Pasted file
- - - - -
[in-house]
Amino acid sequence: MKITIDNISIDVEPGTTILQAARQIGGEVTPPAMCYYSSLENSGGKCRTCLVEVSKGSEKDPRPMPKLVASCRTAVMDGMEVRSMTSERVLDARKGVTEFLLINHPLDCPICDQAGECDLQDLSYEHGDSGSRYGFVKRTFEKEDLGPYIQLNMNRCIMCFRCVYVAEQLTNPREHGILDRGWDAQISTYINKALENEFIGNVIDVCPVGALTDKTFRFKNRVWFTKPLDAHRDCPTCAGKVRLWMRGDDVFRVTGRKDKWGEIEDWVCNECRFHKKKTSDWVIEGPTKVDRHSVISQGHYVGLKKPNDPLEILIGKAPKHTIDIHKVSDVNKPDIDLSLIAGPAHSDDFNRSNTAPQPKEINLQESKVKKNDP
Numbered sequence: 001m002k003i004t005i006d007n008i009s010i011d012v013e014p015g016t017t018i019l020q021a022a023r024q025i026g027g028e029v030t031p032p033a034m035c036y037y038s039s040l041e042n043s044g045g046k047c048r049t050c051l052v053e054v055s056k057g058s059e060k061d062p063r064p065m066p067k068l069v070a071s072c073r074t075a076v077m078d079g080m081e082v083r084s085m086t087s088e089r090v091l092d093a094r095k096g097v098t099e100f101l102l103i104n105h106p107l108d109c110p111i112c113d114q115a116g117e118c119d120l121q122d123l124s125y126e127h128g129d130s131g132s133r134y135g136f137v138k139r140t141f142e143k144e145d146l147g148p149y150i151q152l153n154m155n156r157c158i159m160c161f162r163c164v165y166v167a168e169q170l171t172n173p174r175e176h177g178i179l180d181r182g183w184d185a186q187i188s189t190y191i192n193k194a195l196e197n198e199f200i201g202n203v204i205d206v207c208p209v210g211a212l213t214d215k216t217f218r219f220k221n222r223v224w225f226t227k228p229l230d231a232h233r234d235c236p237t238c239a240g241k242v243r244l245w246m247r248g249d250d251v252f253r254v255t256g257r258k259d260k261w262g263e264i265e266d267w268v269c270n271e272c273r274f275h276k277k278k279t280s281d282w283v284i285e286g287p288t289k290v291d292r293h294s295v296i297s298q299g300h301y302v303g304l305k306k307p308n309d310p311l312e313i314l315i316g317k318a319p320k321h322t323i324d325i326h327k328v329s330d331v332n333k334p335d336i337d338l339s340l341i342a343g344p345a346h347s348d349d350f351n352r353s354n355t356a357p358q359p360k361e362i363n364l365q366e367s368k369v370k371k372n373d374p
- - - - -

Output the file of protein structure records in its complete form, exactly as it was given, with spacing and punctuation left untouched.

[in-house]
Amino acid sequence: MKITIDNISIDVEPGTTILQAARQIGGEVTPPAMCYYSSLENSGGKCRTCLVEVSKGSEKDPRPMPKLVASCRTAVMDGMEVRSMTSERVLDARKGVTEFLLINHPLDCPICDQAGECDLQDLSYEHGDSGSRYGFVKRTFEKEDLGPYIQLNMNRCIMCFRCVYVAEQLTNPREHGILDRGWDAQISTYINKALENEFIGNVIDVCPVGALTDKTFRFKNRVWFTKPLDAHRDCPTCAGKVRLWMRGDDVFRVTGRKDKWGEIEDWVCNECRFHKKKTSDWVIEGPTKVDRHSVISQGHYVGLKKPNDPLEILIGKAPKHTIDIHKVSDVNKPDIDLSLIAGPAHSDDFNRSNTAPQPKEINLQESKVKKNDP
Numbered sequence: 001m002k003i004t005i006d007n008i009s010i011d012v013e014p015g016t017t018i019l020q021a022a023r024q025i026g027g028e029v030t031p032p033a034m035c036y037y038s039s040l041e042n043s044g045g046k047c048r049t050c051l052v053e054v055s056k057g058s059e060k061d062p063r064p065m066p067k068l069v070a071s072c073r074t075a076v077m078d079g080m081e082v083r084s085m086t087s088e089r090v091l092d093a094r095k096g097v098t099e100f101l102l103i104n105h106p107l108d109c110p111i112c113d114q115a116g117e118c119d120l121q122d123l124s125y126e127h128g129d130s131g132s133r134y135g136f137v138k139r140t141f142e143k144e145d146l147g148p149y150i151q152l153n154m155n156r157c158i159m160c161f162r163c164v165y166v167a168e169q170l171t172n173p174r175e176h177g178i179l180d181r182g183w184d185a186q187i188s189t190y191i192n193k194a195l196e197n198e199f200i201g202n203v204i205d206v207c208p209v210g211a212l213t214d215k216t217f218r219f220k221n222r223v224w225f226t227k228p229l230d231a232h233r234d235c236p237t238c239a240g241k242v243r244l245w246m247r248g249d250d251v252f253r254v255t256g257r258k259d260k261w262g263e264i265e266d267w268v269c270n271e272c273r274f275h276k277k278k279t280s281d282w283v284i285e286g287p288t289k290v291d292r293h294s295v296i297s298q299g300h301y302v303g304l305k306k307p308n309d310p311l312e313i314l315i316g317k318a319p320k321h322t323i324d325i326h327k328v329s330d331v332n333k334p335d336i337d338l339s340l341i342a343g344p345a346h347s348d349d350f351n352r353s354n355t356a357p358q359p360k361e362i363n364l365q366e367s368k369v370k371k372n373d374p